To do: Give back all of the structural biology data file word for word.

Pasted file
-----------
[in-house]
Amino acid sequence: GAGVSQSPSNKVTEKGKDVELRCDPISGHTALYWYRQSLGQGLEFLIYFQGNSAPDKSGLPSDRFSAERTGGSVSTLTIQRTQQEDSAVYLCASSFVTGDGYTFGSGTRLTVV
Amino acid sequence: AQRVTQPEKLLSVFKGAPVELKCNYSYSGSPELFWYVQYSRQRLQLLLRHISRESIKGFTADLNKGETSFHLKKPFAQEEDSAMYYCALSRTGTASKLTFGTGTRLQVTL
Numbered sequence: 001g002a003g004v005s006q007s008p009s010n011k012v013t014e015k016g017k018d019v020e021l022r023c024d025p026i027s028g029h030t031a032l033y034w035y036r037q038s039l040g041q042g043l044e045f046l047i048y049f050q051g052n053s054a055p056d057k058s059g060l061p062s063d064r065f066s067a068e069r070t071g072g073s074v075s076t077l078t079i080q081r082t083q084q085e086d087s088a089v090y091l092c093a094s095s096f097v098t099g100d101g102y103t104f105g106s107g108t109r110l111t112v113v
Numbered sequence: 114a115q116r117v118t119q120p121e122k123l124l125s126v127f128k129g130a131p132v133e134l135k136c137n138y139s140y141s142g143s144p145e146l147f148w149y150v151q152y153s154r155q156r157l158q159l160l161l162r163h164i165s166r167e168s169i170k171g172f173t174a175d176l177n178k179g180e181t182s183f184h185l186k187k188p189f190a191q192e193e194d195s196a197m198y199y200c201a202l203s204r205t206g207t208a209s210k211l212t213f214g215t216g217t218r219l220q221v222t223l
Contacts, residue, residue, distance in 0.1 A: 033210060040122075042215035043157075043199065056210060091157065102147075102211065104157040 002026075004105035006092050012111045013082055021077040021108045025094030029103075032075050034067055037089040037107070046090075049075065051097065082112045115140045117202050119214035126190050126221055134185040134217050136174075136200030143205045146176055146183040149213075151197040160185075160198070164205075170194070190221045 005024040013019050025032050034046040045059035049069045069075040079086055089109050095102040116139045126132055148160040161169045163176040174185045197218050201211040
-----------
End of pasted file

[in-house]
Amino acid sequence: GAGVSQSPSNKVTEKGKDVELRCDPISGHTALYWYRQSLGQGLEFLIYFQGNSAPDKSGLPSDRFSAERTGGSVSTLTIQRTQQEDSAVYLCASSFVTGDGYTFGSGTRLTVV
Amino acid sequence: AQRVTQPEKLLSVFKGAPVELKCNYSYSGSPELFWYVQYSRQRLQLLLRHISRESIKGFTADLNKGETSFHLKKPFAQEEDSAMYYCALSRTGTASKLTFGTGTRLQVTL
Numbered sequence: 001g002a003g004v005s006q007s008p009s010n011k012v013t014e015k016g017k018d019v020e021l022r023c024d025p026i027s028g029h030t031a032l033y034w035y036r037q038s039l040g041q042g043l044e045f046l047i048y049f050q051g052n053s054a055p056d057k058s059g060l061p062s063d064r065f066s067a068e069r070t071g072g073s074v075s076t077l078t079i080q081r082t083q084q085e086d087s088a089v090y091l092c093a094s095s096f097v098t099g100d101g102y103t104f105g106s107g108t109r110l111t112v113v
Numbered sequence: 114a115q116r117v118t119q120p121e122k123l124l125s126v127f128k129g130a131p132v133e134l135k136c137n138y139s140y141s142g143s144p145e146l147f148w149y150v151q152y153s154r155q156r157l158q159l160l161l162r163h164i165s166r167e168s169i170k171g172f173t174a175d176l177n178k179g180e181t182s183f184h185l186k187k188p189f190a191q192e193e194d195s196a197m198y199y200c201a202l203s204r205t206g207t208a209s210k211l212t213f214g215t216g217t218r219l220q221v222t223l
Contacts, residue, residue, distance in 0.1 A: 033210060040122075042215035043157075043199065056210060091157065102147075102211065104157040 002026075004105035006092050012111045013082055021077040021108045025094030029103075032075050034067055037089040037107070046090075049075065051097065082112045115140045117202050119214035126190050126221055134185040134217050136174075136200030143205045146176055146183040149213075151197040160185075160198070164205075170194070190221045 005024040013019050025032050034046040045059035049069045069075040079086055089109050095102040116139045126132055148160040161169045163176040174185045197218050201211040